As mentioned previously, circles of other diameters may be drawn by using the tool as a beam compass with a center point at the origin 26 of the protractor. Larger diameter holes may be drawn by using the center point at one of the points on one side of the center point 26 and placing the pencil for the circle to be drawn on the opposite side of the center point 26. For example, if a center of a circle is created at the 5" point 27 on the half-scale 21 to the left of the center line 17 and the point of the pencil which is used to scribe the circle around this point is placed at the corresponding 5" mark on the right hand side of the point 26, a 10" circle may be drawn with the tool. Thus, a large number of arcs and circles may be drawn with the device using the templates 70 and the points 26 and 27.
On the left-hand side of the tool is an additional set of cutouts or templates 71 comprising squares, french curves, a triangle, and arrowhead points. These are commonly employed drafting shapes and are readily and easily used by draftsmen and architects.
From an examination of the tool, it is apparent that the different scales provide direct application for use in making accurate scale drawings. In addition, the tool permits derivation of any scale right triangle with a single measurement and a connecting line. Even if the starting point is lost, the reference is regained by using the 90 degree line of the protractor. It also is possible to derive any scale equilateral triangle with only two angular measurements and a connecting line. The transparency of the tool and the orientation of the different markings on it greatly facilitate this operation.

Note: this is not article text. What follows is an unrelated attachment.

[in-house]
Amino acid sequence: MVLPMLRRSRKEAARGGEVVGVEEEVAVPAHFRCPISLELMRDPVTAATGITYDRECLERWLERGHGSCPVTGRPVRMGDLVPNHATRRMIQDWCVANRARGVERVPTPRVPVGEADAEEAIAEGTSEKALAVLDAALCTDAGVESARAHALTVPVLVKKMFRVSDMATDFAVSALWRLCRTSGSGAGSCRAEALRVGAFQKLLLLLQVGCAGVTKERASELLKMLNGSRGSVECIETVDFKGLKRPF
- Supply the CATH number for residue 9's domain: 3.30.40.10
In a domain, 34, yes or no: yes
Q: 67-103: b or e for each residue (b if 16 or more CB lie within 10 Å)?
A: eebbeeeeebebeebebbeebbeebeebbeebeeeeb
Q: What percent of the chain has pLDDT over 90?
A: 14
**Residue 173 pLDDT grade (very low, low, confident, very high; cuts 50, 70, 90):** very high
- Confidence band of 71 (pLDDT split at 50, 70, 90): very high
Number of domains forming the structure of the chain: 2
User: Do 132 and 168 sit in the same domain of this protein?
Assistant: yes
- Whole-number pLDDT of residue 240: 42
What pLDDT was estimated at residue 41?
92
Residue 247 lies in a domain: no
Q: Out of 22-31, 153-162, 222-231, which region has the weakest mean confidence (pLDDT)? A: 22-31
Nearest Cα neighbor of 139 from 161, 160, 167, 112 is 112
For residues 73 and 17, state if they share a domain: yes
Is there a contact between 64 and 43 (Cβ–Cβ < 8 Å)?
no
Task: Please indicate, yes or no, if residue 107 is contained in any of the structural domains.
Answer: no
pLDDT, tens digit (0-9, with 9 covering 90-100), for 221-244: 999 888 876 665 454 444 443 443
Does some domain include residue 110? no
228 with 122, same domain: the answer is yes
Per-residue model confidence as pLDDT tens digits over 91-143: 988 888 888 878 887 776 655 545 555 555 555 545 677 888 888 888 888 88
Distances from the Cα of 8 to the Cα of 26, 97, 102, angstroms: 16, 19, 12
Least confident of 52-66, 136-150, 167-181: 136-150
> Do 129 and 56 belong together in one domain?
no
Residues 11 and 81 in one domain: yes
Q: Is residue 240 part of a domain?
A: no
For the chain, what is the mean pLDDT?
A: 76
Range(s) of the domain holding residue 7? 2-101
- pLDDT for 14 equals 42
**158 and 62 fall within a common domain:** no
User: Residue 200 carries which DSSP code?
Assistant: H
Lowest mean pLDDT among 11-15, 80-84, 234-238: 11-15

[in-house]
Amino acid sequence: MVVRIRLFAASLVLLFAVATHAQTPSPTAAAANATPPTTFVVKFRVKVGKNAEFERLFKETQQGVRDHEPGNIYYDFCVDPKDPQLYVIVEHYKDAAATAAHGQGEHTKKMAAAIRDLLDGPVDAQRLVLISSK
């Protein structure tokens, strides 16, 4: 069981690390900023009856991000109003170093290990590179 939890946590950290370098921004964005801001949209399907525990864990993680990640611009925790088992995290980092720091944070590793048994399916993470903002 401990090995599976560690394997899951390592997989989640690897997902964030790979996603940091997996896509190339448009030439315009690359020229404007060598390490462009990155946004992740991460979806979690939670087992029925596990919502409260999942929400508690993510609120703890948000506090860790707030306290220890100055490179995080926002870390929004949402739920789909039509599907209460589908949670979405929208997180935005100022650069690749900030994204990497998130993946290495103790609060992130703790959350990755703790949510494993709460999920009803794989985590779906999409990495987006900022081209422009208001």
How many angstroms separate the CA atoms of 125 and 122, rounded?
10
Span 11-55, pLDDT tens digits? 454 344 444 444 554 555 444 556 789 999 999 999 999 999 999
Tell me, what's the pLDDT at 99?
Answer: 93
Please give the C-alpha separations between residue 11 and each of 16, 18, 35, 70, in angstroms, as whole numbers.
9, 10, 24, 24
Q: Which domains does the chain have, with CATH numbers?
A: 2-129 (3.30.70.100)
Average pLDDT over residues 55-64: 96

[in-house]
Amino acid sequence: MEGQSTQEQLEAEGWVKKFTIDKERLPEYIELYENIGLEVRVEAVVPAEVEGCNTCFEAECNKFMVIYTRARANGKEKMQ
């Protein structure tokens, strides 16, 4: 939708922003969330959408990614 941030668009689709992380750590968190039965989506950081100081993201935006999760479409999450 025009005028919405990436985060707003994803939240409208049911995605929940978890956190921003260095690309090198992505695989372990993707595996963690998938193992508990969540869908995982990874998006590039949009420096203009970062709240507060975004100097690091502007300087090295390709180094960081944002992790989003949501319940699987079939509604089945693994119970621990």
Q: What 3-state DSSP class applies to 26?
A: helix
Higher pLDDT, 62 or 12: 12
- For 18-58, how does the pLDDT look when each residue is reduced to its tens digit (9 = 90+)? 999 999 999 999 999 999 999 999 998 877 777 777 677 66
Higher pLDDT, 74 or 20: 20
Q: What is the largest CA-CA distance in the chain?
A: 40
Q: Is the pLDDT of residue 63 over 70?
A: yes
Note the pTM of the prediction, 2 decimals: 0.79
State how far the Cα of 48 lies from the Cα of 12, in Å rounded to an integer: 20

The center line function using the line 17 permits accurate and rapid bisecting of lines and angles. In addition, it automatically permits derivation of the real dimension of a line measured from a given center. The use of the greater line permits multiplication of an unknown line length and multiplication of an unknown angle.
It is also readily apparent from an examination of the tool that it can be used automatically to convert full dimension to half dimension to quarter dimension without elaborate mathematical computations. The 45 degree protractor edge permits real scale readings from the center of one edge and from the end of the other without interpolation.
A variety of other uses and various modifications of the tool will occur to those skilled in the art. Accordingly, the tool which is shown in the drawing and which has been described above is to be considered illustrative of the invention and not as limiting of its scope.